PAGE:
The employment contracts we use provide for staff to be given company cars. My employer wants to withdraw them and implement a car allowance scheme instead. How can I do this with the minimum amount of disruption to existing contracts?
You should not change the terms and conditions of the contracts without your employees’ consent as they have a contractual right to a company car, so their consent will be needed in this instance. Consent may be express – by the employee agreeing to the change orally or, preferably, in writing or implied – by the employee continuing to work for the employer without protest, for a significant period of time while being aware of the change.
Employers should consult with the staff concerned about the proposed changes and the reasons for them. Such consultation may involve inviting employees to meetings individually, or allowing them to elect representatives who will be responsible for liaising with the management to agree mutually acceptable variations.
When a trade union is recognised by the employer, they must be significantly involved in the consultation process and employee agreement should be confirmed in writing. Any change in terms to which the employee does not consent is effectively a breach of contract on the part of the employer. If the change is significant, the employee may resign and claim constructive dismissal.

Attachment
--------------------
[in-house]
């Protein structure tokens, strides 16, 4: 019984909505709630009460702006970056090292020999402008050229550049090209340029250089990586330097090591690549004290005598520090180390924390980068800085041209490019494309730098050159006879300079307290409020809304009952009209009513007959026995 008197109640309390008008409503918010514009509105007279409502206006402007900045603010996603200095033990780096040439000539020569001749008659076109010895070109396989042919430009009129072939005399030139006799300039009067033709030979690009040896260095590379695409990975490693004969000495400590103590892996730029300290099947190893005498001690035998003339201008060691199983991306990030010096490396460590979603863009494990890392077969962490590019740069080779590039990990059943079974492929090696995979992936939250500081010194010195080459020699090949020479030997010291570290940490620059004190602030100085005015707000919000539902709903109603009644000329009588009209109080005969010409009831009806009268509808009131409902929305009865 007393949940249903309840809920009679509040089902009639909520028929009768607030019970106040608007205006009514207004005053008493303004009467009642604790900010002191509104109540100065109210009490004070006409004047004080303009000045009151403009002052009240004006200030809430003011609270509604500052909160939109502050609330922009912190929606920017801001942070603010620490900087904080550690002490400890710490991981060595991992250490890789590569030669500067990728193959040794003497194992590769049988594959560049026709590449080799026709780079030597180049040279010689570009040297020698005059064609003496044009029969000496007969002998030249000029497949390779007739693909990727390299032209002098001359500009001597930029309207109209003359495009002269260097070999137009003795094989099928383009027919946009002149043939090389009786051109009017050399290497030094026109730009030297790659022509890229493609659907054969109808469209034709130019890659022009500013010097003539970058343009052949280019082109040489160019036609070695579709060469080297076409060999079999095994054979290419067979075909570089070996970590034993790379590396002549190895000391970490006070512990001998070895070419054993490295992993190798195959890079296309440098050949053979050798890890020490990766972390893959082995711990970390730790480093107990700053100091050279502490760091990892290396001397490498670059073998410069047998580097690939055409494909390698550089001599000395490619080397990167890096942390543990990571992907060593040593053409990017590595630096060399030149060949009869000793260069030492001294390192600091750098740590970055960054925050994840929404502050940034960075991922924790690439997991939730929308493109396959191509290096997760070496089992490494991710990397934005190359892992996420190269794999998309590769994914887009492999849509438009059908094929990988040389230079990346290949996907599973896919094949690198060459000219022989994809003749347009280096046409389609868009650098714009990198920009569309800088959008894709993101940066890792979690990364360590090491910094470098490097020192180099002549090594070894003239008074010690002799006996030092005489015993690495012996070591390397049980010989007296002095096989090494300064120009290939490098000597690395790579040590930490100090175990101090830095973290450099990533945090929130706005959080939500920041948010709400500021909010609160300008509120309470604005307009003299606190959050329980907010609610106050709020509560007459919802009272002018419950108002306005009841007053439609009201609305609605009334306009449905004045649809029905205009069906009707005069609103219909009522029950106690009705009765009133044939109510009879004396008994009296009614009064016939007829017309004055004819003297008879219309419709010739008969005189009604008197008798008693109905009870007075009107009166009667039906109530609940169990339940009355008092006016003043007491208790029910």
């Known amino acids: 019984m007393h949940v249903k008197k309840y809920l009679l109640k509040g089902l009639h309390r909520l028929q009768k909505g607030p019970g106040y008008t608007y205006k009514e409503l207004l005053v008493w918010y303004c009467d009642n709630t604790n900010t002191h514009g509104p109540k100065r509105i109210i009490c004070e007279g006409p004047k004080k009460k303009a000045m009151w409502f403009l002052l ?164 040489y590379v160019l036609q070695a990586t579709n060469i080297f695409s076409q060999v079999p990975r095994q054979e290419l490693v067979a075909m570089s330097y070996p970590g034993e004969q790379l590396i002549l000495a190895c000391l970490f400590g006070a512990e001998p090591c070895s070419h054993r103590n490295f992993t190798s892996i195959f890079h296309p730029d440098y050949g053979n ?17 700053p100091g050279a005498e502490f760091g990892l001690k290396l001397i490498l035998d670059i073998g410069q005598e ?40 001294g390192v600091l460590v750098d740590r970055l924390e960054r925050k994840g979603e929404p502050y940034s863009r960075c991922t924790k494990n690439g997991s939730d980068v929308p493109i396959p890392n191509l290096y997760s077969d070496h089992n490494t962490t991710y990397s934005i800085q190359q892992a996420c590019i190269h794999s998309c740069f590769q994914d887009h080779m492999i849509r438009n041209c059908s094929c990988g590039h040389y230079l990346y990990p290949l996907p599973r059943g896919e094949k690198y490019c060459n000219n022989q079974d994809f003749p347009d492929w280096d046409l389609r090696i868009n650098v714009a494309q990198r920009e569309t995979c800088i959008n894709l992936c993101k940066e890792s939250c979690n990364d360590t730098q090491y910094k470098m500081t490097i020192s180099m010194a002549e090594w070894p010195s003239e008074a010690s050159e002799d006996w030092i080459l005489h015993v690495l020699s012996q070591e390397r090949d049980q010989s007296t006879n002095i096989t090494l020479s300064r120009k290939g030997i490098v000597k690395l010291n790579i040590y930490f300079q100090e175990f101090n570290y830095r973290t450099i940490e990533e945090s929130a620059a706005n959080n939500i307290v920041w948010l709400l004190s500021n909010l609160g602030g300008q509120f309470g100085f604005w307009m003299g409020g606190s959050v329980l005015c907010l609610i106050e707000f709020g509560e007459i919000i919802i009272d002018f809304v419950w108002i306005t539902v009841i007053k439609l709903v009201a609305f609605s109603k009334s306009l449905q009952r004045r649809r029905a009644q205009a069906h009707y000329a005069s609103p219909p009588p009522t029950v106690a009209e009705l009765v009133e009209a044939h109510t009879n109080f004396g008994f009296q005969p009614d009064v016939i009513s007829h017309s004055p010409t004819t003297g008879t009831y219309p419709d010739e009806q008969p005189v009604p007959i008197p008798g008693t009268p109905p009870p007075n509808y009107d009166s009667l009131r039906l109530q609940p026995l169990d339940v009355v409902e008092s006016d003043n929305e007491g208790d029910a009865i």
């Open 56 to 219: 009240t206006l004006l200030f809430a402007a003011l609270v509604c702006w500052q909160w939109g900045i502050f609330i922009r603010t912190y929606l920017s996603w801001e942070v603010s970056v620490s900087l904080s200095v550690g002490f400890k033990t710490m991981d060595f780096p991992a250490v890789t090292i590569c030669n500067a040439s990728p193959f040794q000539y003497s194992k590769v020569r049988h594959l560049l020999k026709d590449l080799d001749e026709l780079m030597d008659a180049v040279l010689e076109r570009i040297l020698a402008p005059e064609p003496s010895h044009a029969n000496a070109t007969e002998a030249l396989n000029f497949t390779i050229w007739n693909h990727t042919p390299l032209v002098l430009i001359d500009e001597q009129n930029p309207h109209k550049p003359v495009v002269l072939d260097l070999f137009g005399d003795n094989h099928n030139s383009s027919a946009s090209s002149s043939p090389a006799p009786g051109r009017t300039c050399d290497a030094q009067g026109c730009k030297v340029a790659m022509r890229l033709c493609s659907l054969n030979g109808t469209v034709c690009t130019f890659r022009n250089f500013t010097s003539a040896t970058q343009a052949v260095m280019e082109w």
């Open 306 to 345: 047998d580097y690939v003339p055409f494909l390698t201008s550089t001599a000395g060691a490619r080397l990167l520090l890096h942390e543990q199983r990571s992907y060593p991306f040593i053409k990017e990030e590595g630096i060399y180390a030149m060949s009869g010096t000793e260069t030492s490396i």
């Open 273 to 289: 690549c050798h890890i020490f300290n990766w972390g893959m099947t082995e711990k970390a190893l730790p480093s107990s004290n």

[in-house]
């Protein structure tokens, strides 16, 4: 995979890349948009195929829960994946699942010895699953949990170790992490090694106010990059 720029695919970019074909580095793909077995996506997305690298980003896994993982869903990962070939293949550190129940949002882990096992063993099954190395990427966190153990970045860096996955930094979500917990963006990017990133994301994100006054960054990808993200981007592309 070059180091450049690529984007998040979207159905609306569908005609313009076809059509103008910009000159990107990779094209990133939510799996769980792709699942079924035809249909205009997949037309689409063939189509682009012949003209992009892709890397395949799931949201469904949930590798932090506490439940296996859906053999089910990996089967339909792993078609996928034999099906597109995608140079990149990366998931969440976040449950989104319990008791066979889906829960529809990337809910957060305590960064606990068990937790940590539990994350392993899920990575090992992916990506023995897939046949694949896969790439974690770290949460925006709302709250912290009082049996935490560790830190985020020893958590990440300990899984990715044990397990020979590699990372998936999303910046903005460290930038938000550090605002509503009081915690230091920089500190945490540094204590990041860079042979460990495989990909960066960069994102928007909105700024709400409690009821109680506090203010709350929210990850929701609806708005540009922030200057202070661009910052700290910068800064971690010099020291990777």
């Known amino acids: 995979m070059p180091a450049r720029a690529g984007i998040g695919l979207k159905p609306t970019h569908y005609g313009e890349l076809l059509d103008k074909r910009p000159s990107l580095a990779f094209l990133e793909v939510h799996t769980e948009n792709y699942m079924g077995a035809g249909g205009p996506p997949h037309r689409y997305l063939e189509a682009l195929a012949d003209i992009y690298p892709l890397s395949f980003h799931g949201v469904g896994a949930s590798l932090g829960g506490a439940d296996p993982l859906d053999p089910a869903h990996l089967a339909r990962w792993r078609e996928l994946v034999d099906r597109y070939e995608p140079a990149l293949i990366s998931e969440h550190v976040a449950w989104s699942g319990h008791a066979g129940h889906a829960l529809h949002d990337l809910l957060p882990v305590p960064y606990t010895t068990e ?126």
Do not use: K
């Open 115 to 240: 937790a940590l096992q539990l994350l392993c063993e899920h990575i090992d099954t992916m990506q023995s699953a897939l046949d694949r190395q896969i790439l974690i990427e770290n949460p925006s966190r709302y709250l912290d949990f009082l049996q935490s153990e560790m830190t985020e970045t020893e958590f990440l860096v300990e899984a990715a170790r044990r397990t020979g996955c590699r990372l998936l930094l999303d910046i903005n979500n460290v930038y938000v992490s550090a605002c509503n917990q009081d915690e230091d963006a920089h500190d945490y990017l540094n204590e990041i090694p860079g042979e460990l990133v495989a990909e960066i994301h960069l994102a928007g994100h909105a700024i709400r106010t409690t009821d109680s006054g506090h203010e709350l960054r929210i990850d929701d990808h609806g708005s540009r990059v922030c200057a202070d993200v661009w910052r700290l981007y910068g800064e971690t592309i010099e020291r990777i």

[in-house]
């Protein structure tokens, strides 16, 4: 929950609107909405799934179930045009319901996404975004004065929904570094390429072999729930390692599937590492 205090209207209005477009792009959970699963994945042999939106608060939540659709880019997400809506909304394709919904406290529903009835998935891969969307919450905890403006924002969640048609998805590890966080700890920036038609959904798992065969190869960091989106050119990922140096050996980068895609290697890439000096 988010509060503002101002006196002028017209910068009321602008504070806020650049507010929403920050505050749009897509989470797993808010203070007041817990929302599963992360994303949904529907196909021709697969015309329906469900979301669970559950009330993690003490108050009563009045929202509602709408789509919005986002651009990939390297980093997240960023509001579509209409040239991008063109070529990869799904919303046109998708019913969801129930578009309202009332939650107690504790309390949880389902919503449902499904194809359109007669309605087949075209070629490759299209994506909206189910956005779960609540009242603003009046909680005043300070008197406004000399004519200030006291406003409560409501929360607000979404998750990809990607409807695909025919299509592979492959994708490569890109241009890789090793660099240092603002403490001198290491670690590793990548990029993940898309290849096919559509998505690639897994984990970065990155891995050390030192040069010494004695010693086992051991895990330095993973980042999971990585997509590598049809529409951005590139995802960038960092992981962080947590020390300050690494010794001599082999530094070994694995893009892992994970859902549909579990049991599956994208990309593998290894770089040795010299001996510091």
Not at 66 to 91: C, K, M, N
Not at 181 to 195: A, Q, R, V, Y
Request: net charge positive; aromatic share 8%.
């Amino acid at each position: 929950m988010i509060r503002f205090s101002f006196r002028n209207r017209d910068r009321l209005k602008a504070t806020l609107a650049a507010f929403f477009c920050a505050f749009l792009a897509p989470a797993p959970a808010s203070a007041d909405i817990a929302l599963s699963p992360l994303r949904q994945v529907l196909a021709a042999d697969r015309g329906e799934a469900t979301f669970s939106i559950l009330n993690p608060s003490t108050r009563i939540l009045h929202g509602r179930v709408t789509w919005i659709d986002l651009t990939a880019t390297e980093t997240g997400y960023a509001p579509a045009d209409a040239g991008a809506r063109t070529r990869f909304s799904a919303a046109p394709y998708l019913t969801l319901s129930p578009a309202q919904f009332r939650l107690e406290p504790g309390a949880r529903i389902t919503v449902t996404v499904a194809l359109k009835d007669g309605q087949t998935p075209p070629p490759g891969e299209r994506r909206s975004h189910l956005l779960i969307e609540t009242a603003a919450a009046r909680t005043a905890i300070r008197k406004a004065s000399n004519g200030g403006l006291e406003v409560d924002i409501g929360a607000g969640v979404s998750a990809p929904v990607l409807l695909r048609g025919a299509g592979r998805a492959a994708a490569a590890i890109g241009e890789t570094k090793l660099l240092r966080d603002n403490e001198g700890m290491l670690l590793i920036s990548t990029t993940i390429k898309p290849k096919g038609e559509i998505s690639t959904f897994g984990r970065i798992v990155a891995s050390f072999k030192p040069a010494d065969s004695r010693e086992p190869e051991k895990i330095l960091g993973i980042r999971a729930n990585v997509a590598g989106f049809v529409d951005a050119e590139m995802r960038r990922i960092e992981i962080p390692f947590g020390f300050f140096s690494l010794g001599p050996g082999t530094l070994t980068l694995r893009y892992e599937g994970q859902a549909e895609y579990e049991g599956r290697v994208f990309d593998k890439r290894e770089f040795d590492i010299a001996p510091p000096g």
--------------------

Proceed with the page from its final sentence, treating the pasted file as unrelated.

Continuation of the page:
If agreement cannot be reached, a flexibility clause in the contracts may assist. Such clauses state that the employer withholds the right to vary the terms and conditions of employment upon reasonable notice. However, such clauses should be used with caution as it may be argued that they are not precise enough to be relied upon.
The employer could terminate the contracts with notice and issue new contracts incorporating the changes. Employers should ensure there is a sound business reason for the changes and that genuine consultation takes place.
Any changes in contractual terms must be set out in a written statement that must be given to the employee at the earliest opportunity, and not later than one month after the change. If an employer fails to do this, the employee may make an application to an employment tribunal, who may then rule that the employer has acted unlawfully.
Daniel Wilde, partner, Dolmans